While yesterday we were able to take a look at SEKEM’s educational activities, today we explored SEKEM’s business operations: its agricultural work, as well as its production of food, beverages and clothing.
After trying a typical Egyptian bean dish for breakfast, we drove to the ‘Aleya’ farm, one of four farms owned by SEKEM. All the land, now fertile, was once desert land, reclaimed through irrigation and the use of compost.
Compost: the ‘black gold’
Our next stop was a set of compost piles, which had a lot more to it than we had imagined. Compost is a key aspect of biodynamic farming, to the extent that it is referred to as ‘black gold’. It enriches the soil, and when used to grow crops, less CO2 is emitted and less water is required. In biodynamic farming, several biodynamic compost and field preparation stages are involved. One of the steps in field preparation involves filling a cow’s horn with manure and leaving it buried in the ground for one season. The substance is then mixed with water and sprayed onto the fields, which enhances production, as SEKEM’s tests prove.
We were guided through this intriguing process by Angela Hofmann, who started working for SEKEM 35 years ago. At the time, she paid a visit to what back then was little more than desert land and a vision. She stayed for one week and then decided to dedicate her life to the work. During this trip we are meeting several people with similar stories, individuals who have worked for SEKEM for many years.
From plant to package
At the SEKEM company Lotus we witnessed the processing of biodynamic herbs, spices and seeds. Among other things, anise seed is processed here, which is mainly used for tea for the local market. Anice seed tea is incredibly popular in Egypt. Later in the afternoon we visited ISIS Organic, where we saw the same seeds being packaged into teabags and boxes, ready to be distributed.
Finally, we gained insights into the production of organic clothing and toys at NatureTex, responsible for a production line which is Fairtrade and GOTS certified. There are many stages involved in the processing of cotton and SEKEM monitors each step. The workers at the facilities here are responsible for cutting, printing, sowing, stuffing and packaging.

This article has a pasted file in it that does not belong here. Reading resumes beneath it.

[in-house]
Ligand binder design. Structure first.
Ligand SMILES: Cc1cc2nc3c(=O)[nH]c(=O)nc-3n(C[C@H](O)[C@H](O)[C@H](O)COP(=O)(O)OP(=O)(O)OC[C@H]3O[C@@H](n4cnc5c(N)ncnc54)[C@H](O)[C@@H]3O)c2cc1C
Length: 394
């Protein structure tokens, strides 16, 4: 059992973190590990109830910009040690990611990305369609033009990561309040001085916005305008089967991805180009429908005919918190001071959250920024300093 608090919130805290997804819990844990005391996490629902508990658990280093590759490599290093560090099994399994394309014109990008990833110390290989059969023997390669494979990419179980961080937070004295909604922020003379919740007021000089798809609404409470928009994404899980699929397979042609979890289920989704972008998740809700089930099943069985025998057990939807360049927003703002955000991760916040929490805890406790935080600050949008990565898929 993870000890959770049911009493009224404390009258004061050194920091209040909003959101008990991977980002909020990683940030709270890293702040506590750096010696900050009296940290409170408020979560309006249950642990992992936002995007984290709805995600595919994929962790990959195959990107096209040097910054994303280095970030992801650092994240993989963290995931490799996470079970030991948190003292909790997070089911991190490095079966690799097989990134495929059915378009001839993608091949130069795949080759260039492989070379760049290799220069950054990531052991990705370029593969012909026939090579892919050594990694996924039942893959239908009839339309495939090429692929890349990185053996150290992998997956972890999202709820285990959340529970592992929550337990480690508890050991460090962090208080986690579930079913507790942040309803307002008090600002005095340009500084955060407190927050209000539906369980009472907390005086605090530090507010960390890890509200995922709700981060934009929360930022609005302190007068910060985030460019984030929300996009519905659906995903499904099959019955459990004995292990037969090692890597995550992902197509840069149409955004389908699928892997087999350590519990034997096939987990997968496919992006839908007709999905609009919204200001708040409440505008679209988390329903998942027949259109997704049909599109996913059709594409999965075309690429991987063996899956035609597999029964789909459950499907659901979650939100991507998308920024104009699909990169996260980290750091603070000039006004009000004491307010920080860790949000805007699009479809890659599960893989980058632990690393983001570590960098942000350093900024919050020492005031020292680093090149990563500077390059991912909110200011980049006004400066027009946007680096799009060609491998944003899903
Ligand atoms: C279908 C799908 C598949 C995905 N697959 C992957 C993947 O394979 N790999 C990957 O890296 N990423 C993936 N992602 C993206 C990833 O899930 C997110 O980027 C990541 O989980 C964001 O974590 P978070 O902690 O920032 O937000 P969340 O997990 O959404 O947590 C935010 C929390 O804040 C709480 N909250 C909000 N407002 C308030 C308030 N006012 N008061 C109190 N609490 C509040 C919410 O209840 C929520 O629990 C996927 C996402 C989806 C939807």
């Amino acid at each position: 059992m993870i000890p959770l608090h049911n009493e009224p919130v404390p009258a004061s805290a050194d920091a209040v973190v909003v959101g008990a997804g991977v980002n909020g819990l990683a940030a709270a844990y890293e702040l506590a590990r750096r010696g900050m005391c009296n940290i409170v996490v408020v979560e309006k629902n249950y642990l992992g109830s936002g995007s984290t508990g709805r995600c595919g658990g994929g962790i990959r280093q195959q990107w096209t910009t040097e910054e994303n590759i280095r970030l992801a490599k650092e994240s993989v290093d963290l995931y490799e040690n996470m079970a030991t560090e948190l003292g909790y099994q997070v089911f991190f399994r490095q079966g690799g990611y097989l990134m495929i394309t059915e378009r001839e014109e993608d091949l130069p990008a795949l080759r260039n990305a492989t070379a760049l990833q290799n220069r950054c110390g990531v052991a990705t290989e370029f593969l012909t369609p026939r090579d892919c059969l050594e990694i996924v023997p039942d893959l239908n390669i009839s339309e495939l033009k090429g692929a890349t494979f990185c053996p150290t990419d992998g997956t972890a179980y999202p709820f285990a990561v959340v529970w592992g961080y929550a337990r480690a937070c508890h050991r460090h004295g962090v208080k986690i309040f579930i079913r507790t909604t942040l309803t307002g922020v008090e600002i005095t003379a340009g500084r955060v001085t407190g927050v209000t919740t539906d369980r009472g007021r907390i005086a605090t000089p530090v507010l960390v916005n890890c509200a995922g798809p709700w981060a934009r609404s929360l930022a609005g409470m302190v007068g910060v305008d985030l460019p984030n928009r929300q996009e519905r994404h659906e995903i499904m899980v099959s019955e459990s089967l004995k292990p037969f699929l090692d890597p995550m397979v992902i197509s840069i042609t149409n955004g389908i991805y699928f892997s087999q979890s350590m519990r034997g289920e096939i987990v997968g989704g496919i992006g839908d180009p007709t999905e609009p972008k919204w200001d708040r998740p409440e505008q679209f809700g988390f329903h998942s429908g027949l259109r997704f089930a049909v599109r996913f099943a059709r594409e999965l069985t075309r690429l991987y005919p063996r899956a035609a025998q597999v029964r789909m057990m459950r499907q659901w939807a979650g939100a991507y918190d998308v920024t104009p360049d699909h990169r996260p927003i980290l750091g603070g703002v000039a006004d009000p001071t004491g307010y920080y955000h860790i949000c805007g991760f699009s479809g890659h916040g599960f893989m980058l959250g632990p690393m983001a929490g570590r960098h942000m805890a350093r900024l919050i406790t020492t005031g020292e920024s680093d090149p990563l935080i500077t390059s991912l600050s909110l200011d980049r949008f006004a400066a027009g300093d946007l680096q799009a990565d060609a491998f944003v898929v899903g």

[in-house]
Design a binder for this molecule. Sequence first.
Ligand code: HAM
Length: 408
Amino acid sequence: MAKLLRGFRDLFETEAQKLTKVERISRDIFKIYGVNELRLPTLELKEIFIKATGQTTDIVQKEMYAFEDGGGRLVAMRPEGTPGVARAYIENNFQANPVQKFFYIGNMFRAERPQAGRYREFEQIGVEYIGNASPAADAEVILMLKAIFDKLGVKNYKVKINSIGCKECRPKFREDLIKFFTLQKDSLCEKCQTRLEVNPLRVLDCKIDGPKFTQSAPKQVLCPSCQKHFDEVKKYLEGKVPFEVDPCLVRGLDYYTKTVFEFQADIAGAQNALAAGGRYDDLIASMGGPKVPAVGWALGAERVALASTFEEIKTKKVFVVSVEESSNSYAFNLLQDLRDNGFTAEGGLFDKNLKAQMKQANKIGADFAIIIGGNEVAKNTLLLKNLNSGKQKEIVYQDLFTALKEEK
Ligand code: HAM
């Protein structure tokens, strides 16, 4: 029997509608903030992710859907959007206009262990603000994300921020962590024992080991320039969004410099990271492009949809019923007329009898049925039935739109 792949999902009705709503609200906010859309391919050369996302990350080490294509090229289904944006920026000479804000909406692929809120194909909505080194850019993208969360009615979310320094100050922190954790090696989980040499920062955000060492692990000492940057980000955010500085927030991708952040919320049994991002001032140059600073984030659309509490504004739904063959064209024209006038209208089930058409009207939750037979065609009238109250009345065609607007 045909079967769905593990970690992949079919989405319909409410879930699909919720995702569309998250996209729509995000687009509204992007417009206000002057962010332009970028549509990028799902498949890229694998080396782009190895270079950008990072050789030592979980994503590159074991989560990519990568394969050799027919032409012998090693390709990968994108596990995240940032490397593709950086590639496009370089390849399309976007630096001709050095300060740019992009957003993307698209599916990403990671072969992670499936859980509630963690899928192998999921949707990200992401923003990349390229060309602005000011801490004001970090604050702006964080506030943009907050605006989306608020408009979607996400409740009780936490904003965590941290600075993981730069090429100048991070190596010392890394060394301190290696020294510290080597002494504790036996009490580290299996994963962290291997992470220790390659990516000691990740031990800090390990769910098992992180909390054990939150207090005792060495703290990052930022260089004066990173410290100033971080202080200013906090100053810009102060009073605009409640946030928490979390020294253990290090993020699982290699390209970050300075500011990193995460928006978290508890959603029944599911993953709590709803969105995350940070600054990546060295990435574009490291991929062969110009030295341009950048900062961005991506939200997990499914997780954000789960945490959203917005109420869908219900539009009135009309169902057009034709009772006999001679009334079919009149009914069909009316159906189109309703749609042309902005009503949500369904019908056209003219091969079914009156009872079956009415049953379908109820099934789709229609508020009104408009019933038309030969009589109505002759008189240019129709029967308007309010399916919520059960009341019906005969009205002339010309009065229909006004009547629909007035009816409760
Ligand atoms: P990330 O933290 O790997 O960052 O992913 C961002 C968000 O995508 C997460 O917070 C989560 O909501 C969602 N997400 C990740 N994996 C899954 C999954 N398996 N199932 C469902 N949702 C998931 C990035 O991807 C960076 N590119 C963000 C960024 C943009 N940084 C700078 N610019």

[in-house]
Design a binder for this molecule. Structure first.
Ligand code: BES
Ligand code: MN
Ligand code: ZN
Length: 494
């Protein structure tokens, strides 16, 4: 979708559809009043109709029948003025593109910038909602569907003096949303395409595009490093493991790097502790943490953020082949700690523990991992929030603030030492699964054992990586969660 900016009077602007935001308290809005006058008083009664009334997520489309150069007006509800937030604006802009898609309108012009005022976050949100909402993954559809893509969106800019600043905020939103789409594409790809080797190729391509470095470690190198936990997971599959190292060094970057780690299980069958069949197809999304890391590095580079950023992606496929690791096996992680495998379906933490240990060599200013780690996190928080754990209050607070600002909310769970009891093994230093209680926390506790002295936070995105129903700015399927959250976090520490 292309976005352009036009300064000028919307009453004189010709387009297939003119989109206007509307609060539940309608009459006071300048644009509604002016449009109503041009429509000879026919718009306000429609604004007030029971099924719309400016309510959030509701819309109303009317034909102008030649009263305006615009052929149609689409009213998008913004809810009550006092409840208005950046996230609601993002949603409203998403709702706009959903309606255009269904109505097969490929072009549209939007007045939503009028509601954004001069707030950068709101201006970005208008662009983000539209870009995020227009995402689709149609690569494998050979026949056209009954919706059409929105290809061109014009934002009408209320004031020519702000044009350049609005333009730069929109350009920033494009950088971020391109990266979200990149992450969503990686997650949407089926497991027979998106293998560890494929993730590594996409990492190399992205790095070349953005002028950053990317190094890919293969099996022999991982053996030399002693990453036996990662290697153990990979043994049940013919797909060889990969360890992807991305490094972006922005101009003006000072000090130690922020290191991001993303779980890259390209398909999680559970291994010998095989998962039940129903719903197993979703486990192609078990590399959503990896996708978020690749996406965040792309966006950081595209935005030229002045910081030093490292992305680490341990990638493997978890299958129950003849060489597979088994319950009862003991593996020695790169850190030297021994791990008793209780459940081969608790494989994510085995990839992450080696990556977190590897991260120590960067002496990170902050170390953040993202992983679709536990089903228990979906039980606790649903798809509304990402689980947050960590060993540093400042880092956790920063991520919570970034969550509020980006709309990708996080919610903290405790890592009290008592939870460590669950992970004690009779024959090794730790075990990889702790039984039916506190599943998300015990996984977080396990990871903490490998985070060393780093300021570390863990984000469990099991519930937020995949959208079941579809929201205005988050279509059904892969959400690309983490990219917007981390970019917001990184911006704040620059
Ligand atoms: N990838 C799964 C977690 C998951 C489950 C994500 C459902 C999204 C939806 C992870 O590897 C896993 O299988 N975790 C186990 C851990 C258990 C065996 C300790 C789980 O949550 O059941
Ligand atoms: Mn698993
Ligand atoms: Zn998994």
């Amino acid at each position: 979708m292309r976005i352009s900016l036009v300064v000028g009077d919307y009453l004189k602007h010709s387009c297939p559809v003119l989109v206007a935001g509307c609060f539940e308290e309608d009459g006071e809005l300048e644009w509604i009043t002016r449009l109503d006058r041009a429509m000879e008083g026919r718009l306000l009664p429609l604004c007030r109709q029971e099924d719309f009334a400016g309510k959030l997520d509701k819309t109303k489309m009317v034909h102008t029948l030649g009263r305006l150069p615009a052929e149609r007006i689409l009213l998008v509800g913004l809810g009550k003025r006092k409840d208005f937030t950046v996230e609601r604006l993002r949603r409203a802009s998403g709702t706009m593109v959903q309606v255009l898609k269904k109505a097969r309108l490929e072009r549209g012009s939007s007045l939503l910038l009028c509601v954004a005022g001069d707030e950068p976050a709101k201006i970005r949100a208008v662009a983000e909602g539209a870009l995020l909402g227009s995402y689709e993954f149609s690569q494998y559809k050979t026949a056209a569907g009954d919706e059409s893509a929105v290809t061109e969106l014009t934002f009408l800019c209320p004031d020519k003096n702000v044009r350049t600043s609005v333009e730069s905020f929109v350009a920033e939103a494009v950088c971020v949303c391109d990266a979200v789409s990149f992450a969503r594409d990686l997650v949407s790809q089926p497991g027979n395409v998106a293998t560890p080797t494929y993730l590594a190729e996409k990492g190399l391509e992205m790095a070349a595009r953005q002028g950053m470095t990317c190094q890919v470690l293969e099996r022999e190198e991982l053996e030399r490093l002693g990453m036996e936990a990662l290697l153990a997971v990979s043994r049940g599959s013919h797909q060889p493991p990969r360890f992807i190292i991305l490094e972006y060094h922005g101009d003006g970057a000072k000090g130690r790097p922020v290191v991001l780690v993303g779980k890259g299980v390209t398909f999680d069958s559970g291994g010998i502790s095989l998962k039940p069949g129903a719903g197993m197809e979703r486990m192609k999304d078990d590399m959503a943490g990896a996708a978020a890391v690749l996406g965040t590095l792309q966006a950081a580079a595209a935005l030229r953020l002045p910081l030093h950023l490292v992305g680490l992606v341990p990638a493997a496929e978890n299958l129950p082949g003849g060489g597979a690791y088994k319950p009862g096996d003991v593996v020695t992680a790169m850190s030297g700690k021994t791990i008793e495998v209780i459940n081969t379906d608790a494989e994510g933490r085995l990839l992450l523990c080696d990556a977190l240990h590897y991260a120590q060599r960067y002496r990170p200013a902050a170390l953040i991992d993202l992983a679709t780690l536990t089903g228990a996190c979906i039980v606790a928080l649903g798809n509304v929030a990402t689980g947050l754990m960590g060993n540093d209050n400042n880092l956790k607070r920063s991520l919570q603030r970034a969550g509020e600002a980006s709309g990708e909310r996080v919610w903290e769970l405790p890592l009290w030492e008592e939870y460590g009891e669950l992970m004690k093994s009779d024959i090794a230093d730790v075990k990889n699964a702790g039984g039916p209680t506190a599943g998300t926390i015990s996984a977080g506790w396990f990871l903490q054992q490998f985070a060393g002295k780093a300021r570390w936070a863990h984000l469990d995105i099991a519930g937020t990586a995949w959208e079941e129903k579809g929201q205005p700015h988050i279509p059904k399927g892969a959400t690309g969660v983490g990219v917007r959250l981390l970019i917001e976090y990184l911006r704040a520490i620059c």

It was inspiring to see how SEKEM has been able to set up successful, sophisticated businesses in very challenging circumstances, while maintaining high social and environmental standards.
This is the third in a series of blogs covering a partner visit to SEKEM in Egypt. Partner visits provide people within the Oikocredit network the opportunity to visit and learn more about one of our partners across the globe. Those participating in the visit will keep you updated on their findings through this blog.
Edwin, great to hear these great achievements with help of Oikocredit!
Have a good trip there!
Hi Edwin, it looks like the group is having a good trip. With your IT background, I will be interested in what you learn about Sekem's current capacities and areas for improvement in how they can use technology for the benefit of all stakeholders.
Good job, Edwin and colleagues! It looks like Oikocredit and partners are making a valuable contribution and really making a difference in this part of the world.
We are certainly enjoying this opportunity and are learning a lot about SEKEM and about Egypt in general. Thanks for your comment, I will think about this and get back to you!